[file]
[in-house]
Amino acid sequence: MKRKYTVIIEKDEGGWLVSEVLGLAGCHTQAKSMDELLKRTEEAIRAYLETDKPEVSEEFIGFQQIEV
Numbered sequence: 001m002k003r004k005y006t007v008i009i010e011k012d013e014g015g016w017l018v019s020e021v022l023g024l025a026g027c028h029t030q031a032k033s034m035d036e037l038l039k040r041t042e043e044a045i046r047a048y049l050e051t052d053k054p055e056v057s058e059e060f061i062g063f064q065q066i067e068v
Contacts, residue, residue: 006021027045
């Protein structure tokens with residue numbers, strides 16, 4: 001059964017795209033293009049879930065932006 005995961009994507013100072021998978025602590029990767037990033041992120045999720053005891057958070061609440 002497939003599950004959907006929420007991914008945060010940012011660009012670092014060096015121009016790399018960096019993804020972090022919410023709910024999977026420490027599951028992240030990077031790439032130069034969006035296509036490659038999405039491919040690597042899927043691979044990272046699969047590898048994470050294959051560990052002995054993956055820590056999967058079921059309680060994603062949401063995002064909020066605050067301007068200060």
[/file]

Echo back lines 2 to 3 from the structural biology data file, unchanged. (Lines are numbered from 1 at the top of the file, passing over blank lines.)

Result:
Amino acid sequence: MKRKYTVIIEKDEGGWLVSEVLGLAGCHTQAKSMDELLKRTEEAIRAYLETDKPEVSEEFIGFQQIEV
Numbered sequence: 001m002k003r004k005y006t007v008i009i010e011k012d013e014g015g016w017l018v019s020e021v022l023g024l025a026g027c028h029t030q031a032k033s034m035d036e037l038l039k040r041t042e043e044a045i046r047a048y049l050e051t052d053k054p055e056v057s058e059e060f061i062g063f064q065q066i067e068v